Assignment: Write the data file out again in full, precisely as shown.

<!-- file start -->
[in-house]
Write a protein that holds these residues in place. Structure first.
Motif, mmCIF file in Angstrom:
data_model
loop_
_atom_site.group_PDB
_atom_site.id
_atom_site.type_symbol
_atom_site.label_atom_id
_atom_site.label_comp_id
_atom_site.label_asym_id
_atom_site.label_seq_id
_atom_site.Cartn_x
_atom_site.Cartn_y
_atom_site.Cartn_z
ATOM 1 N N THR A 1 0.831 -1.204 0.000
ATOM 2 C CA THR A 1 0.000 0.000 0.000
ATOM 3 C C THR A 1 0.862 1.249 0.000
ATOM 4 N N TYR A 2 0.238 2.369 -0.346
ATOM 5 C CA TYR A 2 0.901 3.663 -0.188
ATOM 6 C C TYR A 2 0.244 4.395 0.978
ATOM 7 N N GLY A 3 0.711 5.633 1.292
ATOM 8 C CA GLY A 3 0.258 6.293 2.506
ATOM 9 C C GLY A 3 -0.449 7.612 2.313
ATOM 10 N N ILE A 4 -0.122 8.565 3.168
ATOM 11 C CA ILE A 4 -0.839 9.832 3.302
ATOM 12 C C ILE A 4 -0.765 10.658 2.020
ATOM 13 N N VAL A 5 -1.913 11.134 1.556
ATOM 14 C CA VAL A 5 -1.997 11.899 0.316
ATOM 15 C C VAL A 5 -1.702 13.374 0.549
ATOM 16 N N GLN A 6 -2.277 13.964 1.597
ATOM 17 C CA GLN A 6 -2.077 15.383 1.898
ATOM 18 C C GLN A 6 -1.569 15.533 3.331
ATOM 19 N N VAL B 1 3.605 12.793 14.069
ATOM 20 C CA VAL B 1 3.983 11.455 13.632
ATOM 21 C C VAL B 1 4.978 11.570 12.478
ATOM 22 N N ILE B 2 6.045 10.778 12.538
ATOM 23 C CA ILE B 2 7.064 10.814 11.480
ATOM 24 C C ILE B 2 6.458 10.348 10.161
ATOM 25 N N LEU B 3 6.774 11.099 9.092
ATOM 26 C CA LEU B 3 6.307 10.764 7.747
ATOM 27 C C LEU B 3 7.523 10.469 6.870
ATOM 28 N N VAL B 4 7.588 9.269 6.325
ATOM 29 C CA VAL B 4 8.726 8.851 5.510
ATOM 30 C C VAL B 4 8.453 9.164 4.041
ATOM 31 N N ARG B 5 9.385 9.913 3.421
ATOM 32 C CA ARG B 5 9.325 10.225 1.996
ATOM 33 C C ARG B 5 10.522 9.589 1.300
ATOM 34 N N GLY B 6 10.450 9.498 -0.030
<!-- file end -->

[in-house]
Write a protein that holds these residues in place. Structure first.
Motif, mmCIF file in Angstrom:
data_model
loop_
_atom_site.group_PDB
_atom_site.id
_atom_site.type_symbol
_atom_site.label_atom_id
_atom_site.label_comp_id
_atom_site.label_asym_id
_atom_site.label_seq_id
_atom_site.Cartn_x
_atom_site.Cartn_y
_atom_site.Cartn_z
ATOM 1 N N THR A 1 0.831 -1.204 0.000
ATOM 2 C CA THR A 1 0.000 0.000 0.000
ATOM 3 C C THR A 1 0.862 1.249 0.000
ATOM 4 N N TYR A 2 0.238 2.369 -0.346
ATOM 5 C CA TYR A 2 0.901 3.663 -0.188
ATOM 6 C C TYR A 2 0.244 4.395 0.978
ATOM 7 N N GLY A 3 0.711 5.633 1.292
ATOM 8 C CA GLY A 3 0.258 6.293 2.506
ATOM 9 C C GLY A 3 -0.449 7.612 2.313
ATOM 10 N N ILE A 4 -0.122 8.565 3.168
ATOM 11 C CA ILE A 4 -0.839 9.832 3.302
ATOM 12 C C ILE A 4 -0.765 10.658 2.020
ATOM 13 N N VAL A 5 -1.913 11.134 1.556
ATOM 14 C CA VAL A 5 -1.997 11.899 0.316
ATOM 15 C C VAL A 5 -1.702 13.374 0.549
ATOM 16 N N GLN A 6 -2.277 13.964 1.597
ATOM 17 C CA GLN A 6 -2.077 15.383 1.898
ATOM 18 C C GLN A 6 -1.569 15.533 3.331
ATOM 19 N N VAL B 1 3.605 12.793 14.069
ATOM 20 C CA VAL B 1 3.983 11.455 13.632
ATOM 21 C C VAL B 1 4.978 11.570 12.478
ATOM 22 N N ILE B 2 6.045 10.778 12.538
ATOM 23 C CA ILE B 2 7.064 10.814 11.480
ATOM 24 C C ILE B 2 6.458 10.348 10.161
ATOM 25 N N LEU B 3 6.774 11.099 9.092
ATOM 26 C CA LEU B 3 6.307 10.764 7.747
ATOM 27 C C LEU B 3 7.523 10.469 6.870
ATOM 28 N N VAL B 4 7.588 9.269 6.325
ATOM 29 C CA VAL B 4 8.726 8.851 5.510
ATOM 30 C C VAL B 4 8.453 9.164 4.041
ATOM 31 N N ARG B 5 9.385 9.913 3.421
ATOM 32 C CA ARG B 5 9.325 10.225 1.996
ATOM 33 C C ARG B 5 10.522 9.589 1.300
ATOM 34 N N GLY B 6 10.450 9.498 -0.030